Mental Illness: It’s time to talk…

This morning, I skipped my morning run to finish reading Peter Pan. When I finished the last word, I commented to my husband that reading the book made me appreciate one of my favorite movies, Hook, even more for all the amazing details from the original story that appeared in this very modern retelling. And of course, at the center of this movie is the rivalry between Hook and Pan, portrayed so magnificently by Dustin Hoffman and Robin Williams.

So I join the ranks of millions who are shocked and saddened by the death of this consummate funnyman. But I’m also angry. I’m angry because we as a community are going to share a million hilarious YouTube clips, funny quotes, and memorials, but we’re not going talk about what took this brilliant man from the Earth too soon. We’re not going to talk about mental illness.

If we’re not going to talk about it when the mentally ill commit mass murder, then why on Earth would we talk about it now when it’s so much easier to just quote Good Will Hunting (whose award winning sound-track, by the way, was created by another victim of mental illness, Elliott Smith) and go about our business?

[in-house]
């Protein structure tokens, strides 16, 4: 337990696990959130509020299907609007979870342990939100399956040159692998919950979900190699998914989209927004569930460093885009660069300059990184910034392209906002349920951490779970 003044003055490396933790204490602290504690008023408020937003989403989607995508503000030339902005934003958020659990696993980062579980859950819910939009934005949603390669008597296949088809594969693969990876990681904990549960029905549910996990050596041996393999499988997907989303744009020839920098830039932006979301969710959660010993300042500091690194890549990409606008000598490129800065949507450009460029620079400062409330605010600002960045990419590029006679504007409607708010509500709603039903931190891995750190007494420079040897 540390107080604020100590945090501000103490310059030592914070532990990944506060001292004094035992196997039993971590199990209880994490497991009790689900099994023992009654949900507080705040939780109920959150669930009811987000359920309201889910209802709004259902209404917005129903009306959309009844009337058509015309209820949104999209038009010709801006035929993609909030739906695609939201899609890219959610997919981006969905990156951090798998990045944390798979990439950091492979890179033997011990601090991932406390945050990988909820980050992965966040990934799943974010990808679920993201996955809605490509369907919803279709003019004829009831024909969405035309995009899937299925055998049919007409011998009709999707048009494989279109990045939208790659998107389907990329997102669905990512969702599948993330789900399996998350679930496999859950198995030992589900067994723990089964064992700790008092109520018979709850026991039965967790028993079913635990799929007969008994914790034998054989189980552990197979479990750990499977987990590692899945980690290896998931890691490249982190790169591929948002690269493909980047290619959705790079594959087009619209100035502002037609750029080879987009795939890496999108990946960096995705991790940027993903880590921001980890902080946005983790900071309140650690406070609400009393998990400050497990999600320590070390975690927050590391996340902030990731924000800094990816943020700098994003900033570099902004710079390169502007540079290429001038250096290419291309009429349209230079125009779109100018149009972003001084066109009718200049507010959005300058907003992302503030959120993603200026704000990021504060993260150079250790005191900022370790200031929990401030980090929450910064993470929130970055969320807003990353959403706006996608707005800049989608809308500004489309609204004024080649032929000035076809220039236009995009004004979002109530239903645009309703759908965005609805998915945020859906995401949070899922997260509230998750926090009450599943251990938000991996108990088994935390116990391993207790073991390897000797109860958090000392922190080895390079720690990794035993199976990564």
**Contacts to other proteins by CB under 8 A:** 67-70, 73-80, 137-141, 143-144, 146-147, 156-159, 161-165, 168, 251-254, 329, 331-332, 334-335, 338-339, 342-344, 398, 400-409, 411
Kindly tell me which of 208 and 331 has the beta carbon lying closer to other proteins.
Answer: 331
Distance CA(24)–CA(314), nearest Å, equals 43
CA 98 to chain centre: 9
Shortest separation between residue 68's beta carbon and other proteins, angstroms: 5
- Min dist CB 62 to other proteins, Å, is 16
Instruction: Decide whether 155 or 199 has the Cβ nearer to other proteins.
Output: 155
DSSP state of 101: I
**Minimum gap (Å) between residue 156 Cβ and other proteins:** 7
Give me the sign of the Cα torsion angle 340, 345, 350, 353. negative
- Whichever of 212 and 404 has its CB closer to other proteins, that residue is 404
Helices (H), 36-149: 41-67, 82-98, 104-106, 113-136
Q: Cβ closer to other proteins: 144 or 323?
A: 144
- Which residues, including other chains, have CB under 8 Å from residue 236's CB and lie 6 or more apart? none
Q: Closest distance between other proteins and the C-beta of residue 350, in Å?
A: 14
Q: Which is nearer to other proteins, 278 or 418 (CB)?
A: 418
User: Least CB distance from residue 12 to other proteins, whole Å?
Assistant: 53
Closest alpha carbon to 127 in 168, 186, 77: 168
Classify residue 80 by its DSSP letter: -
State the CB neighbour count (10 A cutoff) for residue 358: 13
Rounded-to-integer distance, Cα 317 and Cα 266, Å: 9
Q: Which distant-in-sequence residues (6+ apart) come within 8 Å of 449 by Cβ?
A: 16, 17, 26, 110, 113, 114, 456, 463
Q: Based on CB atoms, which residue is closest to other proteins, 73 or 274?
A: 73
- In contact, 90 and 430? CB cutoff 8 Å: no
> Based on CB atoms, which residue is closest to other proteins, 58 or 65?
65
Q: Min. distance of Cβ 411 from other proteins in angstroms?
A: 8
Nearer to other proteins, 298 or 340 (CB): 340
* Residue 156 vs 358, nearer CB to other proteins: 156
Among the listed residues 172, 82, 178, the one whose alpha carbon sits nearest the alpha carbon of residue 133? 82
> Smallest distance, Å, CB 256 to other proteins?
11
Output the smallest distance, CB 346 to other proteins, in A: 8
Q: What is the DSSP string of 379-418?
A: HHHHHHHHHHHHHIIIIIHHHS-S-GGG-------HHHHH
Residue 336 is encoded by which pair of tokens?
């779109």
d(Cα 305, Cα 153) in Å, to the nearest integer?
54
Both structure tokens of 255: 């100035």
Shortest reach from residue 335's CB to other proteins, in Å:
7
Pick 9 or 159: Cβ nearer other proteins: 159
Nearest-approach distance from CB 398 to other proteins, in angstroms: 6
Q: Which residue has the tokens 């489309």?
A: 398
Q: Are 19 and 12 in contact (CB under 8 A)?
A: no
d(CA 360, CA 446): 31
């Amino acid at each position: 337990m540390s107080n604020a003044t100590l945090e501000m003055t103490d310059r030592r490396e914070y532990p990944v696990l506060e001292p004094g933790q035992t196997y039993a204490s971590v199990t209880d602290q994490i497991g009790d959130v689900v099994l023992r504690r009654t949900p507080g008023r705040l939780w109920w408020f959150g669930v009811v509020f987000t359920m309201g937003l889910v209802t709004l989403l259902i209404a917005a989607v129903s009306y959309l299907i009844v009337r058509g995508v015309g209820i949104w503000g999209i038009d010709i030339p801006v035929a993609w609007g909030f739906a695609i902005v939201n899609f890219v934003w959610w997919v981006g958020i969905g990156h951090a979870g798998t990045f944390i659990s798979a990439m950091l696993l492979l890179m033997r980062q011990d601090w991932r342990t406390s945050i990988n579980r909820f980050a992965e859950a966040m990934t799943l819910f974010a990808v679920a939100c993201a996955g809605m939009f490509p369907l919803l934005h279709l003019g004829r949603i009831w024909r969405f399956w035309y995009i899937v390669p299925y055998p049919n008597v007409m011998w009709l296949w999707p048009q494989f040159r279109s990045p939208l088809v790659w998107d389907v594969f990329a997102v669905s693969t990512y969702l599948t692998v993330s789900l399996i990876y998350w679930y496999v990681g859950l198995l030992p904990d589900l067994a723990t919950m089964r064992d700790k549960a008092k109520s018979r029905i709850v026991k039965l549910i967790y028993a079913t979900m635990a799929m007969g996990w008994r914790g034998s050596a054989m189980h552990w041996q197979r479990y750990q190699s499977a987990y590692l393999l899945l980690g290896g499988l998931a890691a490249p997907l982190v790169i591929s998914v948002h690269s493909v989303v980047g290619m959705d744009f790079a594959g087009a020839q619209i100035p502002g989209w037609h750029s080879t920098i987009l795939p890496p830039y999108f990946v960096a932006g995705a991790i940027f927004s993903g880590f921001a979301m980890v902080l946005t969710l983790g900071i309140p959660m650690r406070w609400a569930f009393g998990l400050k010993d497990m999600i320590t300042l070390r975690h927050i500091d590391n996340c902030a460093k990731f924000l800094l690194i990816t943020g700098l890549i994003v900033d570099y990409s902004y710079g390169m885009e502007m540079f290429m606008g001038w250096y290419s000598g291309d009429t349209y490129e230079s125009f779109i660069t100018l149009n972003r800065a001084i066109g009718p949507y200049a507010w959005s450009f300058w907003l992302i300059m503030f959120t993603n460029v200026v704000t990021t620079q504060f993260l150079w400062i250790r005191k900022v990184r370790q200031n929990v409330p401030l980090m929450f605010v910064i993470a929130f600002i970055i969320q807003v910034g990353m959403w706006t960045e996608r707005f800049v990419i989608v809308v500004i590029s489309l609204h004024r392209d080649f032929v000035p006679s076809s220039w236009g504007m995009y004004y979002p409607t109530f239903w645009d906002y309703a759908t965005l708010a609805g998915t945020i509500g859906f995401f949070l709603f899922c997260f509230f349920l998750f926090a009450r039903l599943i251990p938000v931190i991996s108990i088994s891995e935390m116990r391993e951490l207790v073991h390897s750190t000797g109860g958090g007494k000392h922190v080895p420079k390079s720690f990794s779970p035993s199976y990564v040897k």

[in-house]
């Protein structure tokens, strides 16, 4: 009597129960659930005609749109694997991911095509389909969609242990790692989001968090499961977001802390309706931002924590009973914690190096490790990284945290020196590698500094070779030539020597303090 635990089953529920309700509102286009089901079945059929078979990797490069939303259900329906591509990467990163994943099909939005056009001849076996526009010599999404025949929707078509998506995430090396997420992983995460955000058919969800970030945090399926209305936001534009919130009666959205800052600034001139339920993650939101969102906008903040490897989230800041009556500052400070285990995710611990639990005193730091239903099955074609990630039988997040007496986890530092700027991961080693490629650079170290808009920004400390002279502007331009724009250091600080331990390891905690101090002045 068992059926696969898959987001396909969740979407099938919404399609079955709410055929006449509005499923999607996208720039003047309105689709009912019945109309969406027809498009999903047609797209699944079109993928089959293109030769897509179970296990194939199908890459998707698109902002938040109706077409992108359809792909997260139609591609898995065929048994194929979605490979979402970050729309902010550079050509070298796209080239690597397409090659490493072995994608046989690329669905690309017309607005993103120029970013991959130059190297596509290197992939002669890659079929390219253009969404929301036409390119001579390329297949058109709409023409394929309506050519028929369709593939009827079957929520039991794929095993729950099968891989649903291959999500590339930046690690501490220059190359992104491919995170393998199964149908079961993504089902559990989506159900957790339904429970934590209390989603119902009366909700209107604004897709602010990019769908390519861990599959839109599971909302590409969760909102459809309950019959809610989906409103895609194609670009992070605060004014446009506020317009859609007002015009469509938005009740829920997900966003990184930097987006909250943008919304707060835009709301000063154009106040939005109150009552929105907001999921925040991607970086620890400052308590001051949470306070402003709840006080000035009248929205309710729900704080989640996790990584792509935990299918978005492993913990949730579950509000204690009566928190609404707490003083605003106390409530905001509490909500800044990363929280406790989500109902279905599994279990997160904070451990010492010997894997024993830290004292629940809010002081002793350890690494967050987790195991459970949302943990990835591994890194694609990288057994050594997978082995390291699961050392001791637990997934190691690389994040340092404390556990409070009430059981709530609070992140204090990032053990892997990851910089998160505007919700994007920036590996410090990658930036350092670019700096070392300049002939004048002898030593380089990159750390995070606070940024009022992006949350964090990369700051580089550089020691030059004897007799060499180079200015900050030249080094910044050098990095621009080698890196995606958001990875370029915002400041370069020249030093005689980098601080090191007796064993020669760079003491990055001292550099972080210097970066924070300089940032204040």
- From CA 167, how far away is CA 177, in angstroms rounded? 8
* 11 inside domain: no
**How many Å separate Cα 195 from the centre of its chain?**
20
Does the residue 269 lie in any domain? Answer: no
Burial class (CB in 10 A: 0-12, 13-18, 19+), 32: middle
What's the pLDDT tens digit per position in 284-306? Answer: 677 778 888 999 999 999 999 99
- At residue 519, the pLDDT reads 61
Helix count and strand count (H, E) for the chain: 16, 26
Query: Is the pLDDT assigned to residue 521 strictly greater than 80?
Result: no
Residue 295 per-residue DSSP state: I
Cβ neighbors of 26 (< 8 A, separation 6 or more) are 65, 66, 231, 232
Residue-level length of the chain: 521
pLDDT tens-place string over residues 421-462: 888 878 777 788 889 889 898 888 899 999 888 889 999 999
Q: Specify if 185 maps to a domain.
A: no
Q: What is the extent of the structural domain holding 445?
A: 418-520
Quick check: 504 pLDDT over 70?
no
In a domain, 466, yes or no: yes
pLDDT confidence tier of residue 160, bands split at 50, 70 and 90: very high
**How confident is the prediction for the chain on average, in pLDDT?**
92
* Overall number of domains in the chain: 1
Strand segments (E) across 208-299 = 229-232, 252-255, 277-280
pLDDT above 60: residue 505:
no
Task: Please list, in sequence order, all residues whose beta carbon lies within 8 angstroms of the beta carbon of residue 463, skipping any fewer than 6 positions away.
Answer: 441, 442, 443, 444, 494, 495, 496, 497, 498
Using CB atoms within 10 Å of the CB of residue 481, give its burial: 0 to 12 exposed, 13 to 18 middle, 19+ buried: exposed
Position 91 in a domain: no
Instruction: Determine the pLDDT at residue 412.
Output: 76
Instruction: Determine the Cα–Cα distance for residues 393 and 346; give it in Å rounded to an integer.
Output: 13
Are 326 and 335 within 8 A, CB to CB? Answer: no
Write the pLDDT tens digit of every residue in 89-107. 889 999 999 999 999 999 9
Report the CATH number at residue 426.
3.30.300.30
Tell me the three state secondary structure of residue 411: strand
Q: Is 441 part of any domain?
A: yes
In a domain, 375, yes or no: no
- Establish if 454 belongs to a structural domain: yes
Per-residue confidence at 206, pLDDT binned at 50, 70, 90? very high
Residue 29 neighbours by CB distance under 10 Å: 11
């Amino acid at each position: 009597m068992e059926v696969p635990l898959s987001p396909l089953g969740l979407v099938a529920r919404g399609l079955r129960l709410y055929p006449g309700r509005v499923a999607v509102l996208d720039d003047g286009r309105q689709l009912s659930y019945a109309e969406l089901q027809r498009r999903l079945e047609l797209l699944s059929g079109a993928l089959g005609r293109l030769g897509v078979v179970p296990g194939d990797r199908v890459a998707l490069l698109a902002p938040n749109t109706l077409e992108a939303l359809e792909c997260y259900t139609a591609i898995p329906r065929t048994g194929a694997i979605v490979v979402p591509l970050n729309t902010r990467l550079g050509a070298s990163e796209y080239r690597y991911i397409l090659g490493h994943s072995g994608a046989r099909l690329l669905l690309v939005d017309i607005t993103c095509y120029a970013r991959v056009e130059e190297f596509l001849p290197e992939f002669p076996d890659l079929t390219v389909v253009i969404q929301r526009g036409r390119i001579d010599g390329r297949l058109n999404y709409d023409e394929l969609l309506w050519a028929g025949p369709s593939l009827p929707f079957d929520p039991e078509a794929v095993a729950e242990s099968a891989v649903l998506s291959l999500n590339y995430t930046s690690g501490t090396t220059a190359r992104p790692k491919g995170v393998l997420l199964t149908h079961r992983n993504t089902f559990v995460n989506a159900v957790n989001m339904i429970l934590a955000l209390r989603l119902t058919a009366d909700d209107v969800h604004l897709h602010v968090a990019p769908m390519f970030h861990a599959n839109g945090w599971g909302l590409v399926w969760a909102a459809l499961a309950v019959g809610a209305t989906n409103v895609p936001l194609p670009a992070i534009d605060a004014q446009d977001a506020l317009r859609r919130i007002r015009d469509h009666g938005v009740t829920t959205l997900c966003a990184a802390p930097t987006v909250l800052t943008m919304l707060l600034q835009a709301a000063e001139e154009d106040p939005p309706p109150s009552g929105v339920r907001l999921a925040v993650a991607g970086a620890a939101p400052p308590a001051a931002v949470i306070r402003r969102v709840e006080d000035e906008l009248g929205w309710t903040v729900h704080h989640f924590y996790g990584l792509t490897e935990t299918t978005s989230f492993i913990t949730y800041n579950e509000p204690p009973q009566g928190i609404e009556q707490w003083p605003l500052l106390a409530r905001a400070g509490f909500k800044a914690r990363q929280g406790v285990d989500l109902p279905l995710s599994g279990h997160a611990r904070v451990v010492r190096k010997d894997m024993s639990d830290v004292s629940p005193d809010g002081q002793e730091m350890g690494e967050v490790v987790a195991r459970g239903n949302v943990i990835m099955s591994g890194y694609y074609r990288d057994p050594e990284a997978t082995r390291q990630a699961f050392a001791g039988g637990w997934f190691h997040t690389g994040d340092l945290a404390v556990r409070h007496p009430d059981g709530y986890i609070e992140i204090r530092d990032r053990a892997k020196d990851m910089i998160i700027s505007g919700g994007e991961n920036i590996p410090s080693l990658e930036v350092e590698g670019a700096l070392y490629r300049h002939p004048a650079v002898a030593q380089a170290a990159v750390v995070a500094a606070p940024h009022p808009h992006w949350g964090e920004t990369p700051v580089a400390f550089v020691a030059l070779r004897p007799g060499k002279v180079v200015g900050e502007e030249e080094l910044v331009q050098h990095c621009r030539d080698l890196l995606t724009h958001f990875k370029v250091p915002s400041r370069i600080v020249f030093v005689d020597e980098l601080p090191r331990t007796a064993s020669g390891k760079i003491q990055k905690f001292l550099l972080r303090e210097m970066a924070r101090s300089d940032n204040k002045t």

This summer, I lost my oldest brother to complications from life-long untreated alcoholism. Although his individual struggle is over, the repercussions of his alcoholism will reverberate through our family–especially through the lives of his four children and his grandchildren–for many years.

I feel such sadness for Robin Williams’ wife and children, and for his close friends and extended family. I wish them privacy and peace during an awful time. But for the rest of us, I wish for the strength to put aside the fears, the stigmas, and the discomfort that come with talking about what we can do as countries, as governments, as families, as communities, to keep these people from feeling so isolated and alone that the only way out they can envision involves their tragic, lonely death.

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